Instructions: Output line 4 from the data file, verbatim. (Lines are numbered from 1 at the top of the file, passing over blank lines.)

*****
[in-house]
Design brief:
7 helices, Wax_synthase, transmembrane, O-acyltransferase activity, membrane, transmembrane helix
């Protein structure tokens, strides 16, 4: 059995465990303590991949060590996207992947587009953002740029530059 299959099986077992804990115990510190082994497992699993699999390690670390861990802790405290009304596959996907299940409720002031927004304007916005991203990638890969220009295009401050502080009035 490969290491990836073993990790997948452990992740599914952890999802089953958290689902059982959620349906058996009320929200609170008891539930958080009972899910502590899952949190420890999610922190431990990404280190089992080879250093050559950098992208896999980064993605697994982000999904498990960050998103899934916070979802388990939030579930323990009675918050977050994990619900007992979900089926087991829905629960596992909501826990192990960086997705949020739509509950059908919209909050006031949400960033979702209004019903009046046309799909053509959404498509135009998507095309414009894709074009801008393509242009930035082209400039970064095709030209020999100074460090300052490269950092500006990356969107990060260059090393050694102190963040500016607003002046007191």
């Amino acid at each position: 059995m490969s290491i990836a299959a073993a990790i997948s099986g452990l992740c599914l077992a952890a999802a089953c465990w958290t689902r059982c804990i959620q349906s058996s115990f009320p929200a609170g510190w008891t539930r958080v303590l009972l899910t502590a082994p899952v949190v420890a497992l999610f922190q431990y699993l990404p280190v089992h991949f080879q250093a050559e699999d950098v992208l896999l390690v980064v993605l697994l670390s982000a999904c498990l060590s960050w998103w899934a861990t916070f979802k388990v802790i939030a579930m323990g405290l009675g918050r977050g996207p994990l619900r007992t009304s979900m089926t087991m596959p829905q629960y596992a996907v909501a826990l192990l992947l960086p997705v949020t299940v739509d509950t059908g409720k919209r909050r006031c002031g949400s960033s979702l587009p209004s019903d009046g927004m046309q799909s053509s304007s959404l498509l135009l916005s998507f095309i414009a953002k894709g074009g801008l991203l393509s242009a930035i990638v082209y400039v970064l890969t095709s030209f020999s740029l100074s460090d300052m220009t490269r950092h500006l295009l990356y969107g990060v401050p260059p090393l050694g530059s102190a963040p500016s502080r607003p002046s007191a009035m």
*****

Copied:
């Protein structure tokens, strides 16, 4: 059995465990303590991949060590996207992947587009953002740029530059 299959099986077992804990115990510190082994497992699993699999390690670390861990802790405290009304596959996907299940409720002031927004304007916005991203990638890969220009295009401050502080009035 490969290491990836073993990790997948452990992740599914952890999802089953958290689902059982959620349906058996009320929200609170008891539930958080009972899910502590899952949190420890999610922190431990990404280190089992080879250093050559950098992208896999980064993605697994982000999904498990960050998103899934916070979802388990939030579930323990009675918050977050994990619900007992979900089926087991829905629960596992909501826990192990960086997705949020739509509950059908919209909050006031949400960033979702209004019903009046046309799909053509959404498509135009998507095309414009894709074009801008393509242009930035082209400039970064095709030209020999100074460090300052490269950092500006990356969107990060260059090393050694102190963040500016607003002046007191």